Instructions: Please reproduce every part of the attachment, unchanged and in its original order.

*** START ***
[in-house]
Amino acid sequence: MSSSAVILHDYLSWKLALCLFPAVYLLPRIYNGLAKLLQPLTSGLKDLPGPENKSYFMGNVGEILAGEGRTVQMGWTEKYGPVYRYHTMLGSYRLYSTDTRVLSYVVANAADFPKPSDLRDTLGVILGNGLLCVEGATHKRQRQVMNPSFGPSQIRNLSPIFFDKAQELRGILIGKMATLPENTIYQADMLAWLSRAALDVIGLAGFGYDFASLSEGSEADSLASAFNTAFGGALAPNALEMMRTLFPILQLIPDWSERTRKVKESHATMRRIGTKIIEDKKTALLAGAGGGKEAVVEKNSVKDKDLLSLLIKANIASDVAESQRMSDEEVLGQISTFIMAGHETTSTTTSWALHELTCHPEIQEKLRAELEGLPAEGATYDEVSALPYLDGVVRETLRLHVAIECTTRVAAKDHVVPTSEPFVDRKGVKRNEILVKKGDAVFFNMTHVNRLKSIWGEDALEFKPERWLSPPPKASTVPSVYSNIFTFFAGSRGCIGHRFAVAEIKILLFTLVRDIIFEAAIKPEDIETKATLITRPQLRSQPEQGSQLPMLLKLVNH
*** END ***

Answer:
[in-house]
Amino acid sequence: MSSSAVILHDYLSWKLALCLFPAVYLLPRIYNGLAKLLQPLTSGLKDLPGPENKSYFMGNVGEILAGEGRTVQMGWTEKYGPVYRYHTMLGSYRLYSTDTRVLSYVVANAADFPKPSDLRDTLGVILGNGLLCVEGATHKRQRQVMNPSFGPSQIRNLSPIFFDKAQELRGILIGKMATLPENTIYQADMLAWLSRAALDVIGLAGFGYDFASLSEGSEADSLASAFNTAFGGALAPNALEMMRTLFPILQLIPDWSERTRKVKESHATMRRIGTKIIEDKKTALLAGAGGGKEAVVEKNSVKDKDLLSLLIKANIASDVAESQRMSDEEVLGQISTFIMAGHETTSTTTSWALHELTCHPEIQEKLRAELEGLPAEGATYDEVSALPYLDGVVRETLRLHVAIECTTRVAAKDHVVPTSEPFVDRKGVKRNEILVKKGDAVFFNMTHVNRLKSIWGEDALEFKPERWLSPPPKASTVPSVYSNIFTFFAGSRGCIGHRFAVAEIKILLFTLVRDIIFEAAIKPEDIETKATLITRPQLRSQPEQGSQLPMLLKLVNH